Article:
I would understand that fear and perception, if we were to talk about this in 2020 or 2021; However, since that time, within four years, there is a huge transformation in the attitude towards the EU enlargement in the European Union capitals. As never before, three countries have been advanced: Ukraine, Georgia and Moldova, on this EU path with the EU candidate status. There is even consensus about the eventual next stage of the EU enlargement in 2030. What does it mean 2030? That means that by 2028, all the accession talks and negotiations must be concluded. And 2028, having in mind where we are right now, it's like the day after tomorrow. Lithuania knows this as we ourselves went through this process. EU accession talks are very complex, very deep-rooted work by institutions on every sector among the 35 chapters, including but not limited to environmental, social-economic, healthcare, social care, and many other issues. The acceding country negotiates with the European Union, and it either takes recommendations on board, or if they cannot afford to do that at that time, they negotiate about the extension of periods of application of one or another rule. In five-six years there will hopefully already be the next phase of EU enlargement. This is not the amount of time that we could call forever. We wish Georgia to be on that same EU enlargement train that goes very fast.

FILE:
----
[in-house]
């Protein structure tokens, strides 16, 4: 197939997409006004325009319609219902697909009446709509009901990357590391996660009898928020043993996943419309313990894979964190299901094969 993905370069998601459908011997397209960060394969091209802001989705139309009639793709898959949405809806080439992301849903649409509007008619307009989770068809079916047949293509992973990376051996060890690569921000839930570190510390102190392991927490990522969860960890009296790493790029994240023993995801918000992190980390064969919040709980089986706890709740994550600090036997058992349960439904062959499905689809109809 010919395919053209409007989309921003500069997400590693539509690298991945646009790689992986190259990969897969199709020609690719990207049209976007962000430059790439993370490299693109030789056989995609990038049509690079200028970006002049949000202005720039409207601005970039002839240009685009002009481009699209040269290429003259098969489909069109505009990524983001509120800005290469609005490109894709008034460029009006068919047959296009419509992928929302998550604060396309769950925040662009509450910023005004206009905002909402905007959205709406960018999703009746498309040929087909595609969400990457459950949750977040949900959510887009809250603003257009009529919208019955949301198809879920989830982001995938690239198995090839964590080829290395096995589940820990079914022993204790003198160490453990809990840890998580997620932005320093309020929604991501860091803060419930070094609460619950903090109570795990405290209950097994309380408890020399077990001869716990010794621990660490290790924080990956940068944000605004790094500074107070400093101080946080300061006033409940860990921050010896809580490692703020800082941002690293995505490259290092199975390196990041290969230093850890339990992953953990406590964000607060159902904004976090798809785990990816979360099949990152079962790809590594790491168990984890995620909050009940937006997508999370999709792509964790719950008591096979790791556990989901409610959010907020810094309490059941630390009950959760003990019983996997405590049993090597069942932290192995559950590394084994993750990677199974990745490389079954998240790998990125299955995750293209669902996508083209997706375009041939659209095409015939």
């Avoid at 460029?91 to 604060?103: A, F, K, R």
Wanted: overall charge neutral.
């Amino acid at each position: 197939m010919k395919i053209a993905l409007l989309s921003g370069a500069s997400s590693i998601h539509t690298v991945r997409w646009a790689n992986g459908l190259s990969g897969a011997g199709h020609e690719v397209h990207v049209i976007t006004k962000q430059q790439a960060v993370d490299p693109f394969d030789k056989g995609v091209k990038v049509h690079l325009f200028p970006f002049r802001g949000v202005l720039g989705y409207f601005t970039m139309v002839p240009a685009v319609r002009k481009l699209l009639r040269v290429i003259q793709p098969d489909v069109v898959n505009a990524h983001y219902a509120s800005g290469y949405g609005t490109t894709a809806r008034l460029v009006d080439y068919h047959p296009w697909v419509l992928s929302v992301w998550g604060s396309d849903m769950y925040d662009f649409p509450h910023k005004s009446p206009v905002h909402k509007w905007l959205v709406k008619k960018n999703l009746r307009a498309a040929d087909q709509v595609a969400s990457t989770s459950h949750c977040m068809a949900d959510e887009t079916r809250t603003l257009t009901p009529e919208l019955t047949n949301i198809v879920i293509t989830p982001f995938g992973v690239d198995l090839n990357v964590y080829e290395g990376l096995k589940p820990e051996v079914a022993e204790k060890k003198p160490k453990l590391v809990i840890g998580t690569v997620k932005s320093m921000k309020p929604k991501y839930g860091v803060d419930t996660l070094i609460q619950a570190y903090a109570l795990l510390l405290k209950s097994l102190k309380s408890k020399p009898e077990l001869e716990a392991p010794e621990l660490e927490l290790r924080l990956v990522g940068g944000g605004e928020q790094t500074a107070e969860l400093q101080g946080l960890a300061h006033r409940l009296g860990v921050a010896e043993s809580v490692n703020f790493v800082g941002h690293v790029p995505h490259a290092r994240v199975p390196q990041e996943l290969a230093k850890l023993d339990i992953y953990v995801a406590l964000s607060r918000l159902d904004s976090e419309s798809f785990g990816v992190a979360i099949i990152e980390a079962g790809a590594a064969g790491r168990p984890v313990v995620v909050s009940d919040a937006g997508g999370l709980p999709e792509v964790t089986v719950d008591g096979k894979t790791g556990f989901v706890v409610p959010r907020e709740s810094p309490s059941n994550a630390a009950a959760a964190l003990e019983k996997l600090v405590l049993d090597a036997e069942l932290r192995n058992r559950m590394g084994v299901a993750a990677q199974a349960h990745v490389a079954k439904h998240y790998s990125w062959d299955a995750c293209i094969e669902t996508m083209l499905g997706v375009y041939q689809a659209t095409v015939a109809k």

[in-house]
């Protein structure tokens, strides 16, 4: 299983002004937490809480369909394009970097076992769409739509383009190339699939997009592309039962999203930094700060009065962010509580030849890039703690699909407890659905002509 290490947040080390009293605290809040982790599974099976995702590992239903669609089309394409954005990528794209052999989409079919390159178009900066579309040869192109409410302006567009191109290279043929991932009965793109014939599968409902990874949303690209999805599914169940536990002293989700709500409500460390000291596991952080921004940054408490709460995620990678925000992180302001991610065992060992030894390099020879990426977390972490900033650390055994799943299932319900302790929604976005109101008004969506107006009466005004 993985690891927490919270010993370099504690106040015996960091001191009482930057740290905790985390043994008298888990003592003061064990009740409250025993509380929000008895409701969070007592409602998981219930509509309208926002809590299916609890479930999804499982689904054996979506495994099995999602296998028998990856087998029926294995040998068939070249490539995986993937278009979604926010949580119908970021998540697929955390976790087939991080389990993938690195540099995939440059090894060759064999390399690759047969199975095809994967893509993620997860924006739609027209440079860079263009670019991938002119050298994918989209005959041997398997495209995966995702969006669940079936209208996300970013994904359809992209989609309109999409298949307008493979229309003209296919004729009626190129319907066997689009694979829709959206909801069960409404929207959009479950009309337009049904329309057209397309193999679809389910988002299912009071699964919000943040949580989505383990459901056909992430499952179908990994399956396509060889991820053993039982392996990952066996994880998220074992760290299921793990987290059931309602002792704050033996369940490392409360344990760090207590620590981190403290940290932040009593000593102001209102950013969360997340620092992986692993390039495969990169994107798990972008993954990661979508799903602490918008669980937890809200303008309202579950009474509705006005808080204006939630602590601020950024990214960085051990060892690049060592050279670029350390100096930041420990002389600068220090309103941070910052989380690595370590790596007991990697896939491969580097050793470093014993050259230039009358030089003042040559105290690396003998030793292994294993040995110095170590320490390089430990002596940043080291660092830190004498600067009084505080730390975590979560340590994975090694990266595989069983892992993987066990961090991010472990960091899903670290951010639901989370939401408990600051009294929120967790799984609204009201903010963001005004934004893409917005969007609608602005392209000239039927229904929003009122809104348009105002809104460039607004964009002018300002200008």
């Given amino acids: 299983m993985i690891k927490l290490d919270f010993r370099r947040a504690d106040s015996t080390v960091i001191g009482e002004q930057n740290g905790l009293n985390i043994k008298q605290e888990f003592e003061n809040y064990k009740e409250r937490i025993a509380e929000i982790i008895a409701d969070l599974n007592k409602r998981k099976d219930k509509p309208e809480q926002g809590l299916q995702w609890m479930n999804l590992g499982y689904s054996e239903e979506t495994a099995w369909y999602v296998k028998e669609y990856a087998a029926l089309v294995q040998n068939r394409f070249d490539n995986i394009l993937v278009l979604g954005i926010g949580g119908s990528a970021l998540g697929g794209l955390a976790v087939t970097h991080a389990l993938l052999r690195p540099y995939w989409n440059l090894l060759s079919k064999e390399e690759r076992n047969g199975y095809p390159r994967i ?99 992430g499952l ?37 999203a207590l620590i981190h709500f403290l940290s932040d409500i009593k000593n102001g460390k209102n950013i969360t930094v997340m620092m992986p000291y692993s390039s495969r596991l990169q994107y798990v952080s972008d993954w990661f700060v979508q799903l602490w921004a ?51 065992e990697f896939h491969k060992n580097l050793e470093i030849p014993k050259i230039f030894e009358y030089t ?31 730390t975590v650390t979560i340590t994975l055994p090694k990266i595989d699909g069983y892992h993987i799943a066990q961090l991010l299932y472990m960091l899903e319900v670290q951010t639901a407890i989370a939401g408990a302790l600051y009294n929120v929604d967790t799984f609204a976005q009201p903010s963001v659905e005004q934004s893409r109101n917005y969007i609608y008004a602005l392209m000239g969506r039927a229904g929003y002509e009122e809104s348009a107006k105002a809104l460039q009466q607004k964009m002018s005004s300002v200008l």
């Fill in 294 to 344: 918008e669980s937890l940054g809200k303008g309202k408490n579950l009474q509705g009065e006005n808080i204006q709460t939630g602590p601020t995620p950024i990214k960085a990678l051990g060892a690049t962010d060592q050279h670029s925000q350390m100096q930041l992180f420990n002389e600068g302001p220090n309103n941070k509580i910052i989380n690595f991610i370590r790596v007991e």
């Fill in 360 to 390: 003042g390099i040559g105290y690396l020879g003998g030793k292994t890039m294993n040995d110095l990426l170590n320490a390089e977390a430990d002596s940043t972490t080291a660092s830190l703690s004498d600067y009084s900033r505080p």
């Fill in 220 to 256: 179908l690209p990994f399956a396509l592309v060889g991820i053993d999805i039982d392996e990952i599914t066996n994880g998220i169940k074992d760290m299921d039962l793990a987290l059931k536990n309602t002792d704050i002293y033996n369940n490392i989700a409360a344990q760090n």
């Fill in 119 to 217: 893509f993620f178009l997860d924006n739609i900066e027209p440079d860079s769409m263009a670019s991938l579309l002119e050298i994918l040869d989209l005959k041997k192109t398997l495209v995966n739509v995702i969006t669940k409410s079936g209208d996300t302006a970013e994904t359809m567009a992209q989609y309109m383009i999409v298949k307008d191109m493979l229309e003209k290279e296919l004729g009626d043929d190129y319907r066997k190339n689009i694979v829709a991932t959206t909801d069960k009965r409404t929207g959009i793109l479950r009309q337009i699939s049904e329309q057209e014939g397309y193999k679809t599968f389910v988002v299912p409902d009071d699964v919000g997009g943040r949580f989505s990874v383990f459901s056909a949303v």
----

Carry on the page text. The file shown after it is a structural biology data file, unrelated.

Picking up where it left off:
Be and stay ready. All the doors and windows for the EU integration are being opened. Will they be open forever? I don't know. I'm not sure. And I'm saying that very responsibly. That's why we're still extending that hand of invitation to work together through the accession talks for the EU membership. Even before the war against Ukraine, we had been advocating for decades for Georgia to be part of the European Union. Now we advocate for Georgia to undertake the necessary steps and to simply be a reliable partner on this joint path.

On October 26 Parliamentary elections will be held in Georgia. There has been a difficult political situation in the country for years, where the main pre-election messages of the parties are mainly limited to criticizing their opponents. What do you think should be done in the country in order to process the elections in a peaceful and democratic environment? What are your advices to the representatives of the government and the opposition parties of Georgia.

We all individually and collectively are responsible for the future of our country. I would humbly say that I would appreciate more focus on the future, more focus on the policies, on the frameworks, how the country is going to look like, and where it's going to be placed in the future. It is important to express the opinion by vote, that is to vote for, not against something. I would encourage just to build up that positive agenda of politics, because without politics, nothing happens. When we have quite a tense exchange of political ideas, this is also a sign of democracy, because in the neighborhood of yours, in the neighborhood of mine, we don't see such a level of liberties and freedoms where we discuss the political issues.

The Georgian authorities expect that after the European Parliament elections this year, when the structure will be re-staffed, they will have better relations with the EU structures, and they will have more friends among them than it is today. What are your expectations, how realistic is the expectation of the Georgian government that they will be able to improve relations with European partners after the European Parliament elections are held.